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    Prove that 5 does not divide (a^3) +(a^2) +1 . This is the question , I'm really struggling with this could anybody check if this is a valid proof I have completed involving mod5 ?

    "If (a^3) +(a^2) +1 was divisible by 5 then
    (a^3) +(a^2) +1= 0(mod5)
    (a^3) +(a^2) = 1(mod5)

    The equivalence classes of mod5 are 0,1,2,3 and 4
    Subsitiuting these in place of a

    (0)+(0) =1(mod5) ,
    ((1)+(1) =1(mod5)
    (8) +(4)=1(mod5)
    (27) +(9) = 1(mod5)
    (64) +(16)=1(mod5)
    [Note all the equals signs above are meant to represent congruency]"

    I'm struggling on how to word the next part . If what I've done so far is correct then since none of the numbers on the LHS are equal to 1(mod5) then 5 does not divide the equation .

    Hopefully this is almost at a valid proof . Thanks for any help
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    (Original post by Matt5422)
    Prove that 5 does not divide (a^3) +(a^2) +1 . This is the question , I'm really struggling with this could anybody check if this is a valid proof I have completed involving mod5 ?

    "If (a^3) +(a^2) +1 was divisible by 5 then
    (a^3) +(a^2) +1= 0(mod5)
    (a^3) +(a^2) = 1(mod5)

    The equivalence classes of mod5 are 0,1,2,3 and 4
    Subsitiuting these in place of a

    (0)+(0) =1(mod5) ,
    ((1)+(1) =1(mod5)
    (8) +(4)=1(mod5)
    (27) +(9) = 1(mod5)
    (64) +(16)=1(mod5)
    [Note all the equals signs above are meant to represent congruency]"

    I'm struggling on how to word the next part . If what I've done so far is correct then since none of the numbers on the LHS are equal to 1(mod5) then 5 does not divide the equation .

    Hopefully this is almost at a valid proof . Thanks for any help
    The step that I've put in bold is wrong. It should be a^3 + a^2 = -1 = 4 (mod 5). Therefore none of the equivalence classes should be congruent to 4 (not 1); and none of them are.
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    (Original post by Matt5422)
    Prove that 5 does not divide (a^3) +(a^2) +1 . This is the question , I'm really struggling with this could anybody check if this is a valid proof I have completed involving mod5 ?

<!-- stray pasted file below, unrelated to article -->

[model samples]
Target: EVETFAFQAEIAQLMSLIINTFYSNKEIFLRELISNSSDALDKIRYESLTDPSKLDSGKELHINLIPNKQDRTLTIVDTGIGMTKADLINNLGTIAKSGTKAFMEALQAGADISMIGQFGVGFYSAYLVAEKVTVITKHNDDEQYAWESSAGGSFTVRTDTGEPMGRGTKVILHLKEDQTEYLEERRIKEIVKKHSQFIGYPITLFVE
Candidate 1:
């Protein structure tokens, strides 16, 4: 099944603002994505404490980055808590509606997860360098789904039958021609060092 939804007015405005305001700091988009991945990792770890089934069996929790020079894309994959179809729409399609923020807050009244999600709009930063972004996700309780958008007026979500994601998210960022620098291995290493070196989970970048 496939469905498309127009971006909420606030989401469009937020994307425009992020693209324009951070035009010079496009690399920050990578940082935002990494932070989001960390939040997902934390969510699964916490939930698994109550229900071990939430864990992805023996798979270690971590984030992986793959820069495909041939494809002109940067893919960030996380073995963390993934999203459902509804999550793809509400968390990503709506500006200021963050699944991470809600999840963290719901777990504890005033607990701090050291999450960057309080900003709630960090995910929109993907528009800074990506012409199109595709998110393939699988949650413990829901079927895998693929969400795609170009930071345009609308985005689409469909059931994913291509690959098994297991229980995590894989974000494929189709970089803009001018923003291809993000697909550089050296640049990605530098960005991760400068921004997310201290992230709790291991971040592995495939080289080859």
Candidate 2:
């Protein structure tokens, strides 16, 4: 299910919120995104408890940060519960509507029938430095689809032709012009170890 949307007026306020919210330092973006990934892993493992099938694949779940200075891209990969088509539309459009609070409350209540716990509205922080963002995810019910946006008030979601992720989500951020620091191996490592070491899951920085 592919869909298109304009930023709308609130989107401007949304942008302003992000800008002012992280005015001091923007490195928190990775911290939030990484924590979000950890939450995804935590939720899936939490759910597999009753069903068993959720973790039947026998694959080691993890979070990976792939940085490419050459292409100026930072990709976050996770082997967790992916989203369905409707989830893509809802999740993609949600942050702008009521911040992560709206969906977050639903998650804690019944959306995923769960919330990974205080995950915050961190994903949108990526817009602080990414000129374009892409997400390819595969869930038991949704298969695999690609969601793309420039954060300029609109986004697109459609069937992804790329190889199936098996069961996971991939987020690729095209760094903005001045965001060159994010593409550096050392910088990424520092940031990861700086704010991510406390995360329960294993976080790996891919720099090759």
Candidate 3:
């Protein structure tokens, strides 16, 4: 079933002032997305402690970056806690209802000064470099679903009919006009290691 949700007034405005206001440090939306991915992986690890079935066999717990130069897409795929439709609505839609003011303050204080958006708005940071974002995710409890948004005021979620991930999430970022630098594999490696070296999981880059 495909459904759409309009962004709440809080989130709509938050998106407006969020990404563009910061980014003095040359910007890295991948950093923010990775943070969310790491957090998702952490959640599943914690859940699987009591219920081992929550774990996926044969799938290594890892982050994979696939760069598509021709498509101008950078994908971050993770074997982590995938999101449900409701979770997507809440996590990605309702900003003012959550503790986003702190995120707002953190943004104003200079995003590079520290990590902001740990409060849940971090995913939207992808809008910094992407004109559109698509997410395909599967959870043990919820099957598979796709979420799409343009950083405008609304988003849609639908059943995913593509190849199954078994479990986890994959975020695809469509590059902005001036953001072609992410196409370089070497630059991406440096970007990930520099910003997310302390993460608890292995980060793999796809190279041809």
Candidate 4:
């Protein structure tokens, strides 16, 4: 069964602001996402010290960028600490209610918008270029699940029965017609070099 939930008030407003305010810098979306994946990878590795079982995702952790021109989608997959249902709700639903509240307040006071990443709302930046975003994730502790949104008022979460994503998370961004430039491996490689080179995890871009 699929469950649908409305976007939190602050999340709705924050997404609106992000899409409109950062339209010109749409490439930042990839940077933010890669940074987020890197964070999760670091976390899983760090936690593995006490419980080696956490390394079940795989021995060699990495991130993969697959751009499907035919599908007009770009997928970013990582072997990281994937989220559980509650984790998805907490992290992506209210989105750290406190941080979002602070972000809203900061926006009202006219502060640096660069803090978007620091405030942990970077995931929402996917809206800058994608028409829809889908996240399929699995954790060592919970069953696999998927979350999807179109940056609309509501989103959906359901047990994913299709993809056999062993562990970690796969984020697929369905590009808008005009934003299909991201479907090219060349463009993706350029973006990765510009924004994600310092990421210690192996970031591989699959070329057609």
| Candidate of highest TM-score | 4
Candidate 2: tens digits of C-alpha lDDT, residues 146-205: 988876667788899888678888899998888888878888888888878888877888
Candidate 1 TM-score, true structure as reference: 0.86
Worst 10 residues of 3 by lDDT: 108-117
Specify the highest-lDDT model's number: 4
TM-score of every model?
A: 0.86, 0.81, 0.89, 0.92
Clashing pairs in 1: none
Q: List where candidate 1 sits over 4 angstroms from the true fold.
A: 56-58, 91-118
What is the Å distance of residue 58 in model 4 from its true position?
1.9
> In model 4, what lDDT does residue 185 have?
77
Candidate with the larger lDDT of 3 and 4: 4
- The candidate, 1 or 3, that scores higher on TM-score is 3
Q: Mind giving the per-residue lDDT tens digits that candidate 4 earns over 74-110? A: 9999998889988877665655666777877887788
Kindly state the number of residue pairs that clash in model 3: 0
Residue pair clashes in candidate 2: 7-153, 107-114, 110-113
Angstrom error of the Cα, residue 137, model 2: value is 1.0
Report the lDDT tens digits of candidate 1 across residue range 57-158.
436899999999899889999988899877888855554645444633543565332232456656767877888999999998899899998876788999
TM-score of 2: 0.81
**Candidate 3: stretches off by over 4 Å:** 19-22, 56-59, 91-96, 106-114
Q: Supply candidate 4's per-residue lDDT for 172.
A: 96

"If (a^3) +(a^2) +1 was divisible by 5 then
    (a^3) +(a^2) +1= 0(mod5)
    (a^3) +(a^2) = 1(mod5)

    The equivalence classes of mod5 are 0,1,2,3 and 4
    Subsitiuting these in place of a

    (0)+(0) =1(mod5) ,
    ((1)+(1) =1(mod5)
    (8) +(4)=1(mod5)
    (27) +(9) = 1(mod5)
    (64) +(16)=1(mod5)
    [Note all the equals signs above are meant to represent congruency]"

    I'm struggling on how to word the next part . If what I've done so far is correct then since none of the numbers on the LHS are equal to 1(mod5) then 5 does not divide the equation .

    Hopefully this is almost at a valid proof . Thanks for any help
    0+0+1=1 (mod 5)
    1+1+1=3 (mod 5)
    8+4+1=13=3 (mod 5)
    27+9+1=37=2 (mod 5)
    64+16+1=81=1 (mod 5)
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    (Original post by Raiden10)
    0+0+1=1 (mod 5)
    1+1+1=3 (mod 5)
    8+4+1=13=3 (mod 5)
    27+9+1=37=2 (mod 5)
    64+16+1=81=1 (mod 5)
    I'm not sure exactly how careful you are supposed to be, but that pretty much settles it. You are looking for 0's on the RHS, and since there aren't any, that completes the proof.
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    Thanks for both of your help with correcting my work
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    This is Nottingham University coursework.

    So is http://www.thestudentroom.co.uk/show...5#post28699075
 
 
 
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